The way federal police under a Democratic administration violently suppressed a pro-abortion protest could be chilling foreshadowing.
For the I-don’t-know-how-many-th time at this point, I witnessed police brutally suppressing activists fighting for what should be universal human rights in downtown Los Angeles. This time, the initial culprits appeared to be officers from the Department of Homeland Security (DHS), who I observed beating protesters rallying against the repeal of Roe v. Wade at the intersection of 5th and Hill Street, right next to Pershing Square.
I passed small streams of protesters trickling out of the rally as I got there, and the action appeared to be winding down. Then some of the activists alerted the crowd to police in an unmarked car who had started harassing them. Some of the protesters bluntly (and accurately) informed the officers they were not welcome at the rally and instructed them to leave.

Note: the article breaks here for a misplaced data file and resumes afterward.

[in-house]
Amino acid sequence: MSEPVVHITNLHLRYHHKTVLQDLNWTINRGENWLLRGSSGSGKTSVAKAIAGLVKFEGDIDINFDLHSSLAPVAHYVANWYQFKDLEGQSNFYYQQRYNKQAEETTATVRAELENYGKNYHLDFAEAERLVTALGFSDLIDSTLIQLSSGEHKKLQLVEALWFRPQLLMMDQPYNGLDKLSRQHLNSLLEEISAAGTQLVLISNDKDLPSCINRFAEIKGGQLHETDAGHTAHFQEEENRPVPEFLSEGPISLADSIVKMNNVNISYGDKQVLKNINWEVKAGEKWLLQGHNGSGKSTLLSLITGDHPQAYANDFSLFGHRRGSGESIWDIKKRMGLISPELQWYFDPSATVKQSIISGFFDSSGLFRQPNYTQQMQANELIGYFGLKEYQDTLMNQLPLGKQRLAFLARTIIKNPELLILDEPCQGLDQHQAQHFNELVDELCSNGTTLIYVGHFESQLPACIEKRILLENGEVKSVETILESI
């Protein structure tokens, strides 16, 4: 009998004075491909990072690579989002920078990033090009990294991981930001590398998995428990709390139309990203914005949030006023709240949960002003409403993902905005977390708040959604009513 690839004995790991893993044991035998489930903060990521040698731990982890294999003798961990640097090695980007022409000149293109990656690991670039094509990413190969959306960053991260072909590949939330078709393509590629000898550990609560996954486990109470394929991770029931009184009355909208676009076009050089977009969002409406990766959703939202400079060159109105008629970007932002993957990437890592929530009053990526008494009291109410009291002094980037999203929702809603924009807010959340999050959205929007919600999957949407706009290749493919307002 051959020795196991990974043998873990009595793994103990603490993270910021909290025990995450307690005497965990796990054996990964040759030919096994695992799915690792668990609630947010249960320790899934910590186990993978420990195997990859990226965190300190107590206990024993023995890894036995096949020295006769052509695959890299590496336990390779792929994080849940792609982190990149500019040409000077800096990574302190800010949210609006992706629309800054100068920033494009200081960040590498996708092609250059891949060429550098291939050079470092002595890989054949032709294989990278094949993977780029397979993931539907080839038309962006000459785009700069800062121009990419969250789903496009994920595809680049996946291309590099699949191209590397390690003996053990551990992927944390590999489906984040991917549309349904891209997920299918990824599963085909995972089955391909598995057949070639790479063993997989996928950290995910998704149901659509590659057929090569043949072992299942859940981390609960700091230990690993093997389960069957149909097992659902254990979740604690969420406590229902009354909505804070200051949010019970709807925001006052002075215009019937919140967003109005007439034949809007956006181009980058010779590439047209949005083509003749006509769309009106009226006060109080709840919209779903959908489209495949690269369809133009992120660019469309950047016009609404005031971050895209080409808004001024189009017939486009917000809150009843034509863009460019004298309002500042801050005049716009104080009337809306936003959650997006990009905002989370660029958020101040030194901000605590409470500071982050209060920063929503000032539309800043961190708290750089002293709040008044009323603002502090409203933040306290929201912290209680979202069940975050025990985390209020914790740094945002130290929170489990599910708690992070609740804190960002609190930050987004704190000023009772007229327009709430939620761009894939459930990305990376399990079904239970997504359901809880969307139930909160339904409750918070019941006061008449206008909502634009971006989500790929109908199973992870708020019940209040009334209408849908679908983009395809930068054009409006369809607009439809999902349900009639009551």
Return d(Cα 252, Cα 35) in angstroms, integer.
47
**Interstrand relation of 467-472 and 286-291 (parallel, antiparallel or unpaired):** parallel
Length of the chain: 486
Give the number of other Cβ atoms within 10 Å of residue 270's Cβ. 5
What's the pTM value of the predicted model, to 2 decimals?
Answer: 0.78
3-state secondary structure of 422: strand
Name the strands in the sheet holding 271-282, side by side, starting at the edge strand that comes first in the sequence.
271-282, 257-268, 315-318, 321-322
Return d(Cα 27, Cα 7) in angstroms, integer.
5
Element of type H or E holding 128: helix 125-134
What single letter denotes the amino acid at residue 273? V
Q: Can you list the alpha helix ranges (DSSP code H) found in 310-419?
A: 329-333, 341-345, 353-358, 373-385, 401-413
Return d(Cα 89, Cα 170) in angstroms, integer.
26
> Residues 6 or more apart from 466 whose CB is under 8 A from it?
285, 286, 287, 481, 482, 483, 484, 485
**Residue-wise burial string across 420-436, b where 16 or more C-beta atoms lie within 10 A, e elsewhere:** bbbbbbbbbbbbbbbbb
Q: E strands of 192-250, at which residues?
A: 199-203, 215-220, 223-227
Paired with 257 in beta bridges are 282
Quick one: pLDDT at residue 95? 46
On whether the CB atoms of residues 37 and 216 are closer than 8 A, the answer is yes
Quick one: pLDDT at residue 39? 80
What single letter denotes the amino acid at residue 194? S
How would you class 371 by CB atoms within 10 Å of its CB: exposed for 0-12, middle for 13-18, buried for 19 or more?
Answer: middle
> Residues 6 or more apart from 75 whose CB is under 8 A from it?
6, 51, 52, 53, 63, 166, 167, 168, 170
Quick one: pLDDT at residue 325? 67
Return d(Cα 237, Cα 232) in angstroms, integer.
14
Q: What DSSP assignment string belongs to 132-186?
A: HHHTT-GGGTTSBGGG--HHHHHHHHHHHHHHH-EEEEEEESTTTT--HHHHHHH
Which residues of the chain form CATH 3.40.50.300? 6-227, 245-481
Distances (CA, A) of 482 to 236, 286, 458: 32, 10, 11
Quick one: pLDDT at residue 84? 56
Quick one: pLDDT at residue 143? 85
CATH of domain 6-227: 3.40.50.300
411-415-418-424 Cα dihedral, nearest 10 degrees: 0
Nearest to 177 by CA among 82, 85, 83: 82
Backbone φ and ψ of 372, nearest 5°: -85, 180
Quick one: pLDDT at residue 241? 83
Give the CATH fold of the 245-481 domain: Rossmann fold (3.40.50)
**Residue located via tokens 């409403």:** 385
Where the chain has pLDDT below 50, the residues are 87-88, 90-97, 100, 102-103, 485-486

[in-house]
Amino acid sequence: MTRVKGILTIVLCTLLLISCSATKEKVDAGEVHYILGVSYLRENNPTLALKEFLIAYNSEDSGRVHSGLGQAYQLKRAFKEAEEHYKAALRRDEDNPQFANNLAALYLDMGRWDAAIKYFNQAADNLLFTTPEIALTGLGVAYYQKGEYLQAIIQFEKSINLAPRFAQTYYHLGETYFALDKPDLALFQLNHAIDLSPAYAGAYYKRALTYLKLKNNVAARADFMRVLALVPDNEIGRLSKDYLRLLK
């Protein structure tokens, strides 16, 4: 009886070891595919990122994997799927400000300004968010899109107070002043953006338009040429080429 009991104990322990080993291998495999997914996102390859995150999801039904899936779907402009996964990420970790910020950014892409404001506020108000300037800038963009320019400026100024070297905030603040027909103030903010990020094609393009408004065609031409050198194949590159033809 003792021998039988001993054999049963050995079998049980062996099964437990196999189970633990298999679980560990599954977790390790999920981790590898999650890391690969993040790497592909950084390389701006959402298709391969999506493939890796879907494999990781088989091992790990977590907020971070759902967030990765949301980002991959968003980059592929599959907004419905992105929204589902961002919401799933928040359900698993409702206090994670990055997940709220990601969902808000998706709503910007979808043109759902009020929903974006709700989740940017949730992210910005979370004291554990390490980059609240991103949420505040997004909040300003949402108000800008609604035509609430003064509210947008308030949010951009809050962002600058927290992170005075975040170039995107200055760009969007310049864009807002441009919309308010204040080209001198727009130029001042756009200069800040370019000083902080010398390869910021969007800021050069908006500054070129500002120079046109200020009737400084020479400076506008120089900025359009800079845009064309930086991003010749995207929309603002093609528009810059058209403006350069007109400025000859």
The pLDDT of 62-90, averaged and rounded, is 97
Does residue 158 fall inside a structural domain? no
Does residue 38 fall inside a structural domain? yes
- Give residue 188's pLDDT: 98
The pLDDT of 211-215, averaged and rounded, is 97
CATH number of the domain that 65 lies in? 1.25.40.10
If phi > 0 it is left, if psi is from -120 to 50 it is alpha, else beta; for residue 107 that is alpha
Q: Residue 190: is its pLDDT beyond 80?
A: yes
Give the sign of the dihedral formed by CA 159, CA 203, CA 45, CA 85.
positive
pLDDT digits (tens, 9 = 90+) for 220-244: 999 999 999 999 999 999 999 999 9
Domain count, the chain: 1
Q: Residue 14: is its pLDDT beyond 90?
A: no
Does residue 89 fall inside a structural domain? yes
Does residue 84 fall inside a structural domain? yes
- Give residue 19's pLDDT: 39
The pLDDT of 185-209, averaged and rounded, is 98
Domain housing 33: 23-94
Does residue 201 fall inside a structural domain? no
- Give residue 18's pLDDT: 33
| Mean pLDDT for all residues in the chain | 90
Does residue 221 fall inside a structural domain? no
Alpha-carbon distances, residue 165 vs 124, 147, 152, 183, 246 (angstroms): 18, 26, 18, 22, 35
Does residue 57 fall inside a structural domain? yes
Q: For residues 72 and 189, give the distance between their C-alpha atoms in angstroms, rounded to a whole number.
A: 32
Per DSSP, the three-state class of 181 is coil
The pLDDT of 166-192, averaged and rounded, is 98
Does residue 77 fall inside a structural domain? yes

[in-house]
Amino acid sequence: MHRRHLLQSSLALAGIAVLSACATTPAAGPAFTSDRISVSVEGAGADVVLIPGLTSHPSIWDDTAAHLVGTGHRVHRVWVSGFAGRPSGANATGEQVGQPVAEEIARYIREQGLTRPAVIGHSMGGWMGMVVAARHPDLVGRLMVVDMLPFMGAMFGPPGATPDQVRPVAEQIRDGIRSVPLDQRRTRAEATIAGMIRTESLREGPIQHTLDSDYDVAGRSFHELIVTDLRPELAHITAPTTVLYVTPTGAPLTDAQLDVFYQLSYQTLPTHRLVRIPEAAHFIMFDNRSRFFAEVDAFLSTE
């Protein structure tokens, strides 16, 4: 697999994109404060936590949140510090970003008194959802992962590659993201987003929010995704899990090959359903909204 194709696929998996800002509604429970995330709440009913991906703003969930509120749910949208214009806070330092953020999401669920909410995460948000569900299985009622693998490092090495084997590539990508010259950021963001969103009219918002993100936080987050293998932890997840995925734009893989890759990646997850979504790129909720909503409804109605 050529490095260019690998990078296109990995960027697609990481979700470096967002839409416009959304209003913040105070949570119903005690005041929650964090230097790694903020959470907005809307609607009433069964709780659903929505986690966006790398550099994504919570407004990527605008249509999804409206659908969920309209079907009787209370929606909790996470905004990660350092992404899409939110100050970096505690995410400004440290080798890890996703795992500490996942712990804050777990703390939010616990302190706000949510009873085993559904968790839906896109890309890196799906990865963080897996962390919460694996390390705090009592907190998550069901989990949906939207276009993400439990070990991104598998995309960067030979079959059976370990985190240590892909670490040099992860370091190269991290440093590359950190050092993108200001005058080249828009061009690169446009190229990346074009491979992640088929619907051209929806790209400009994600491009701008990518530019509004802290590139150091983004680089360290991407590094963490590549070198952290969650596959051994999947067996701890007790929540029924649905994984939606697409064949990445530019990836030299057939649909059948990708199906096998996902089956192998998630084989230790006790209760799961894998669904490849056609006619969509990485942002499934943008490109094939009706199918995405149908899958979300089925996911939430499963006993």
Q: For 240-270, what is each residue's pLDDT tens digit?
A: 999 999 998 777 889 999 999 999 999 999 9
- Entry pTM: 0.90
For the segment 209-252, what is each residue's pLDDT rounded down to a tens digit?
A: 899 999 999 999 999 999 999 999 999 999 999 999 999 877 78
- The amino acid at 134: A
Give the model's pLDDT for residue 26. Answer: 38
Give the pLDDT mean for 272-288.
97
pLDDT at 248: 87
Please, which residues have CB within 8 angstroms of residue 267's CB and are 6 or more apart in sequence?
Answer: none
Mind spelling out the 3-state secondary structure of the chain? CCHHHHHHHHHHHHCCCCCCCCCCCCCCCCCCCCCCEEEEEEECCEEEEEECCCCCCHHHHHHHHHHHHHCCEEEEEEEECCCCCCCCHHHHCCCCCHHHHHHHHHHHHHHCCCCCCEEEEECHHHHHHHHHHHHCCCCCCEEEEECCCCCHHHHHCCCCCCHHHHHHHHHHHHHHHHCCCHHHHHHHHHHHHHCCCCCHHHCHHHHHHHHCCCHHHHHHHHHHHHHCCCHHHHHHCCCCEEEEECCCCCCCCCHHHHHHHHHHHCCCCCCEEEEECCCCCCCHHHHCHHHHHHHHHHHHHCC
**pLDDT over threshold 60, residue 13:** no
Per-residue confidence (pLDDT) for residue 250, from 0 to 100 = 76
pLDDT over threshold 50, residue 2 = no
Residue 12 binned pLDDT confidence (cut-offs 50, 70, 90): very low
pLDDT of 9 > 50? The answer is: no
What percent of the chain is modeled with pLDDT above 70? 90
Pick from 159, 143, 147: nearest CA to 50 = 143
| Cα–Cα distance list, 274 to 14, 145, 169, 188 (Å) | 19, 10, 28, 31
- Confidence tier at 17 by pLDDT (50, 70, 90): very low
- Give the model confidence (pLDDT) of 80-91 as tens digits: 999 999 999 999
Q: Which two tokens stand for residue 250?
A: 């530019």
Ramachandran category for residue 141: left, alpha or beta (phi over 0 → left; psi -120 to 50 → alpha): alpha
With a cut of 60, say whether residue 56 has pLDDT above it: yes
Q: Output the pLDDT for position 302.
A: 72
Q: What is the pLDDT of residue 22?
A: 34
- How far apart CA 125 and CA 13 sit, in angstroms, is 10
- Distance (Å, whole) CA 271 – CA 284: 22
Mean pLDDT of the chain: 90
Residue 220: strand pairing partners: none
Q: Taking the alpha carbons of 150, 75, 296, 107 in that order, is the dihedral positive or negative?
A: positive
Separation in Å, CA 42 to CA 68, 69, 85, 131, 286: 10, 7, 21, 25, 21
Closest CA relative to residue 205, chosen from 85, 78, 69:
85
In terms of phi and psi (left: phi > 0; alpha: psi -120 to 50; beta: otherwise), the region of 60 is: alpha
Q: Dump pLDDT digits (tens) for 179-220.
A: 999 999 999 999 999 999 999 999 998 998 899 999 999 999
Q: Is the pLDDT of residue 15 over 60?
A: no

The officers refused and decided to brandish “less lethal” firearms, strike protesters with batons, and attempt to drive their vehicle through them, in what is their version of “controlling the situation.” One officer lunged at me for filming him as he shoved a protester onto the hood of a squad car, but alas, this writer was too light on his feet to be caught.
What DHS (one of the over 53 law enforcement agencies operating in LA County), was even doing at the rally is unclear, as is the mission and scope of authority of that department on city property. The mayor’s office could not be reached for comment on the matter at the time of publishing.
Something worth mentioning is that these were federal police under a Democratic administration quelling a protest against an abortion ban, in case anyone is wondering what enforcement around this issue might look like moving forward. The role of police remains the same no matter what party is in control.